According to this interpretation, the text provides evidence that someone deliberately associated the two groups of apkallū, human and mythic, sometime in the early first millennium.

This depiction of a human apkallū, or ummânū, portrays the right hand raised in the greeting gesture, and the banduddū bucket in the left hand.<br /> This ummânū displays the rosette design on bilateral wristbands and on a headband, which differs from the usual horned headdress.<br /> The wings are typical, further indicative of divinity or partial divinity.

This depiction of a human apkallū, or ummânū, portrays the right hand raised in the greeting gesture, and the banduddū bucket in the left hand.
This ummânū displays the rosette design on bilateral wristbands and on a headband, which differs from the usual horned headdress.
The wings are typical, further indicative of divinity or partial divinity.

That is to say, the disconnect between ritual and incantation provides a hint at alteration or innovation—i.e., an active interest—in the apkallū tradition attested here.

(For a much more detailed example of finding literary and socio-religious data in the discrepancies between an incantation and its associated ritual, see Tzvi Abusch, “Ritual and Incantation: Interpretation and Textual History of Maqlû VII:58-105 and IX:52-59,” in “Shaharei Talmon:” Studies in the Bible, Qumran, and the Ancient Near East Presented to Shemaryahu Talmon, ed. Michael Fishbane and Emanuel Tov with the assistance of Weston W. Fields (Winona Lake: Eisenbrauns, 1992), 367-80; reprinted in Tzvi Abusch, Mesopotamian Witchcraft: Toward a History and Understanding of Babylonian Witchcraft Beliefs and Literature, Ancient Magic and Divination 5 (Leiden: Brill / Styx, 2002).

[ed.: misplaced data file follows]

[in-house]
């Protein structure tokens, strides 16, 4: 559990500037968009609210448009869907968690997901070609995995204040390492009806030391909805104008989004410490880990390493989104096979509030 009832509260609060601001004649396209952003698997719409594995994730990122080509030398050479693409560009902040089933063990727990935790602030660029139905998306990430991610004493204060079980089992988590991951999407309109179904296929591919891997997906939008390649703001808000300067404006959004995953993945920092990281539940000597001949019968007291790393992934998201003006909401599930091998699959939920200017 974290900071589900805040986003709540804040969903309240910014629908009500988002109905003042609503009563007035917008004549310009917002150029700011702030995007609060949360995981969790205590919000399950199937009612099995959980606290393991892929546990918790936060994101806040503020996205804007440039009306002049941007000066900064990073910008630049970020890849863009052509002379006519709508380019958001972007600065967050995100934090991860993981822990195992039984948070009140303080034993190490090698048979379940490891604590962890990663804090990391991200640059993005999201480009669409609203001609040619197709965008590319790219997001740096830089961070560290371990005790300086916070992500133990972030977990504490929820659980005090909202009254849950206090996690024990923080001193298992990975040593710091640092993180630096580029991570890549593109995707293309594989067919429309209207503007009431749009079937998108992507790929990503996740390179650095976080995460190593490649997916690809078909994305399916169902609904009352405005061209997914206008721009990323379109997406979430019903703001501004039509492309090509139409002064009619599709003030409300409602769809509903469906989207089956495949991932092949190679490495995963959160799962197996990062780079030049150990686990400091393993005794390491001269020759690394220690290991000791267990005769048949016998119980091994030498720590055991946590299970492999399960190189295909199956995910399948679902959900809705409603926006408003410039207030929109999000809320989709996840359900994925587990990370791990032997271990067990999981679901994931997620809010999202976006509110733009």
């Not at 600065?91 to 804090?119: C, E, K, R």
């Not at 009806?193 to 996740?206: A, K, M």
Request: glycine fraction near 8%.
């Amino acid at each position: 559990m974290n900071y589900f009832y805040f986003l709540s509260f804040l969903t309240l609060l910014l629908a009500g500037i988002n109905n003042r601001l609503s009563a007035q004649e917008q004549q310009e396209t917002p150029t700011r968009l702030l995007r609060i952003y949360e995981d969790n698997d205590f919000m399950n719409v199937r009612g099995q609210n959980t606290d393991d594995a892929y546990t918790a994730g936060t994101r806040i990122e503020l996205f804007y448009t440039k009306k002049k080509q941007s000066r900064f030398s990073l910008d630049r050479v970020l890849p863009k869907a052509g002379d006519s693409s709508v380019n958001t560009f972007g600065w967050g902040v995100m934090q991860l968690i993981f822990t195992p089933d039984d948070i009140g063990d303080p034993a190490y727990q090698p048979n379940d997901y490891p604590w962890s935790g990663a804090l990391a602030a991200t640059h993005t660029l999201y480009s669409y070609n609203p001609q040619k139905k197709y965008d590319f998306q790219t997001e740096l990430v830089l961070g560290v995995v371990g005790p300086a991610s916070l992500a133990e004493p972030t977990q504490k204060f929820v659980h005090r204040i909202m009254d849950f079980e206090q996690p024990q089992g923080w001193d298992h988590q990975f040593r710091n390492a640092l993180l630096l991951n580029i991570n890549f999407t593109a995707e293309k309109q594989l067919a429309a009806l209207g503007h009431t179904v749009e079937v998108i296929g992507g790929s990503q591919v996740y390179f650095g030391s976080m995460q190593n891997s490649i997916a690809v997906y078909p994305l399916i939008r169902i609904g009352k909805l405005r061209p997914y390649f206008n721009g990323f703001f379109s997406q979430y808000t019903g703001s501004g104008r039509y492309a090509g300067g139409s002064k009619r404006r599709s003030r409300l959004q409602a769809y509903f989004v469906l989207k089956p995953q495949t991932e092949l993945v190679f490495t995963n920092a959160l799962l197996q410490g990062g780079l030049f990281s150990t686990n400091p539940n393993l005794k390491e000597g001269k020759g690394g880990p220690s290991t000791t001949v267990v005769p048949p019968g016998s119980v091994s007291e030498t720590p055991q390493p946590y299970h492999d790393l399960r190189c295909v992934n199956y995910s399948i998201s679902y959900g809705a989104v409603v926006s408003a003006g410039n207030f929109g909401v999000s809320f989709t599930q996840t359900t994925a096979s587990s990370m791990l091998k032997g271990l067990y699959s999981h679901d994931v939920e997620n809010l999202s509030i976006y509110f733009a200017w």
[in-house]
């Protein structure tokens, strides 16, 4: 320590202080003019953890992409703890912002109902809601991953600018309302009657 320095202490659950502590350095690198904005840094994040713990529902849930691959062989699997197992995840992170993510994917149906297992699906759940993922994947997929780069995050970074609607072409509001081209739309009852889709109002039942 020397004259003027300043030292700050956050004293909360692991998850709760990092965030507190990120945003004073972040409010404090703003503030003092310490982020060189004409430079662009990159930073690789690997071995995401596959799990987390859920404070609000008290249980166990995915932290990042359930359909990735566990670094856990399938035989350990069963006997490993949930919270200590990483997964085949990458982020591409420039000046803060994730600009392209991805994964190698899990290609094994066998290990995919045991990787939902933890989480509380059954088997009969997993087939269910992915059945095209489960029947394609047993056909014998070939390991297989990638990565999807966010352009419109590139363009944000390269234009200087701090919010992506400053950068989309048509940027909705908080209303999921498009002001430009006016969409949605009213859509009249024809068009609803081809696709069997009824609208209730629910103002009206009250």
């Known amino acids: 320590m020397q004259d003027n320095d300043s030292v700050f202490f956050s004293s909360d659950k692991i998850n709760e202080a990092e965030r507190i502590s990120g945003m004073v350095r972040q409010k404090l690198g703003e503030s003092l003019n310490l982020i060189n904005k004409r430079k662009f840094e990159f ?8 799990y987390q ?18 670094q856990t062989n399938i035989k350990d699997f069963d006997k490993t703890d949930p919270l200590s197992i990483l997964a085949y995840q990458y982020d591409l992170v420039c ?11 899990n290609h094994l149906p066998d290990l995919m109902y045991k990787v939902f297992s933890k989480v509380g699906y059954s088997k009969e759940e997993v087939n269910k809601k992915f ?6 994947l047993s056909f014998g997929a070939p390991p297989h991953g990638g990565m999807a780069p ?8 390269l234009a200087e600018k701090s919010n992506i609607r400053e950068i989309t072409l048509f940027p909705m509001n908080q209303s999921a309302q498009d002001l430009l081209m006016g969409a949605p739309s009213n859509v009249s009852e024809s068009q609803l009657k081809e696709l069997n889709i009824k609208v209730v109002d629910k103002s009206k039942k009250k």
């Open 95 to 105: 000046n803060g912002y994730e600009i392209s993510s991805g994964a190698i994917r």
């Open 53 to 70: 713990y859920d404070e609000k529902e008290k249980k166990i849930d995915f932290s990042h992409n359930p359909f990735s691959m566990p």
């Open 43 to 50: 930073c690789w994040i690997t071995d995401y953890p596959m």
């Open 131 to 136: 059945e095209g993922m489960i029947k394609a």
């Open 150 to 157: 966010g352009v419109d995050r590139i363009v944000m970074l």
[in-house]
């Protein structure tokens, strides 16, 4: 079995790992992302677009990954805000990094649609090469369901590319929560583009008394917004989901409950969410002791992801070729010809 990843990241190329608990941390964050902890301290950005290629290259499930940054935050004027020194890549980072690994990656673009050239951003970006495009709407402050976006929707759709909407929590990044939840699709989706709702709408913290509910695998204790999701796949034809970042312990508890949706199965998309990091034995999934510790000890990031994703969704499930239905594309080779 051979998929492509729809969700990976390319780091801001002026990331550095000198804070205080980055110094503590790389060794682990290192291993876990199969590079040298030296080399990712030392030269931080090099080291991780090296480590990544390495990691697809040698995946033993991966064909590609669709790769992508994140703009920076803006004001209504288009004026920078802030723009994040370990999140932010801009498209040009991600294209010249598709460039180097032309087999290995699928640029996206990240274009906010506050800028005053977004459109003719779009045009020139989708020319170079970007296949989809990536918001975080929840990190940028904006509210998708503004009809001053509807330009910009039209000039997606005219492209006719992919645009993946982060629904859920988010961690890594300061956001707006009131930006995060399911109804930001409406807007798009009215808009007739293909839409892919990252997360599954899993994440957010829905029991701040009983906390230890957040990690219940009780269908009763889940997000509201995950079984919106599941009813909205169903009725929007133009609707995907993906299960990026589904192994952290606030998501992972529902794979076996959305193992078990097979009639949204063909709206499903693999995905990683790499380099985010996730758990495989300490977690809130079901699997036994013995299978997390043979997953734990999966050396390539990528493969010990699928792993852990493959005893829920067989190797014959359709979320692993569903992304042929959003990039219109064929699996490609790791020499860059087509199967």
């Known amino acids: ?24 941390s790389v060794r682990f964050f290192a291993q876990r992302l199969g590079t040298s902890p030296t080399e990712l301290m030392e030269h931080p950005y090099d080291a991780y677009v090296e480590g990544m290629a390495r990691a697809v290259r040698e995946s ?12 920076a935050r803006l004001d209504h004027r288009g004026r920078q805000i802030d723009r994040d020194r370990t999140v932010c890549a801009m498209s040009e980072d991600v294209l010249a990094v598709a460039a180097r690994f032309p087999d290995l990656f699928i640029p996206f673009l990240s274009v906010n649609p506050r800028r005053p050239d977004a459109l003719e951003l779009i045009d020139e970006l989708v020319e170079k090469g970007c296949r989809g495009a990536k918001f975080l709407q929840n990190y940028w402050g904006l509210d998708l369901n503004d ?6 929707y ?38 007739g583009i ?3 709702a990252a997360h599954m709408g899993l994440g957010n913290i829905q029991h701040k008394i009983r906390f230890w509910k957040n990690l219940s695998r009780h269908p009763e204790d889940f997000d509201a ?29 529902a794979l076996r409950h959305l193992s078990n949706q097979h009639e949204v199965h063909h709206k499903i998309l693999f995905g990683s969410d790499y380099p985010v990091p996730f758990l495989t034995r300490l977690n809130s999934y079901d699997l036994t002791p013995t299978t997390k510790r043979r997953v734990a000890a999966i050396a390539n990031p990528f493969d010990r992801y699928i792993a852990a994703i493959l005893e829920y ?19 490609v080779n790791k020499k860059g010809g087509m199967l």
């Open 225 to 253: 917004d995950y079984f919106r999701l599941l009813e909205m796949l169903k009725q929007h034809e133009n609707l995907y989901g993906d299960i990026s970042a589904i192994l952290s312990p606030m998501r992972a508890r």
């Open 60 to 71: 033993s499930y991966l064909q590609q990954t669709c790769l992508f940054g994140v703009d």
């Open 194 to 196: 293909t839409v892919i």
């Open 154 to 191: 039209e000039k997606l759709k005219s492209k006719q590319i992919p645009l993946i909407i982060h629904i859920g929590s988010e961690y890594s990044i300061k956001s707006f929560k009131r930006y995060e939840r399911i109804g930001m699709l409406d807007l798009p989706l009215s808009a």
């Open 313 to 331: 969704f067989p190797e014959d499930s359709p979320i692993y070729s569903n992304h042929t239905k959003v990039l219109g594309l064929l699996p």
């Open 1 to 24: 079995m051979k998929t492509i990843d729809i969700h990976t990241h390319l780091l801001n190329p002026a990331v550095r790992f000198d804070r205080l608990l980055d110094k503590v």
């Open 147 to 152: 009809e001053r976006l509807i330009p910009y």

This depiction of a human apkallū, or ummânū raises the mullilu cone in the right hand, in the prototypical gesture of blessing and exorcism, releasing all sin.<br /> The gesture is one of sprinkling water, with the water contained in the banduddû bucket in the left hand.<br /> This ummânū wears wristbands with the undefined rosette design, but in this example the headdress is the horned tiara indicative of divinity.<br /> Wings reflecting divinity or semi-divinity are also present.<br /> In this bas relief, the ummânū is blessing or purifying a sacred tree.<br /> It is possible that the blossoms on the sacred tree are related to the rosette design on the wristbands, though I am unaware at this time of any scholarship drawing the similarity.

This depiction of a human apkallū, or ummânū raises the mullilu cone in the right hand, in the prototypical gesture of blessing and exorcism, releasing all sin.
The gesture is one of sprinkling water, with the water contained in the banduddû bucket in the left hand.
This ummânū wears wristbands with the undefined rosette design, but in this example the headdress is the horned tiara indicative of divinity.
Wings reflecting divinity or semi-divinity are also present.
In this bas relief, the ummânū is blessing or purifying a sacred tree.
It is possible that the blossoms on the sacred tree are related to the rosette design on the wristbands, though I am unaware at this time of any scholarship drawing the similarity.

We must recognize, however, the fact that the tradition exemplified in bīt mēseri differs in a significant way from the ULKS: in bīt mēseri the tradition occurs in a ritual.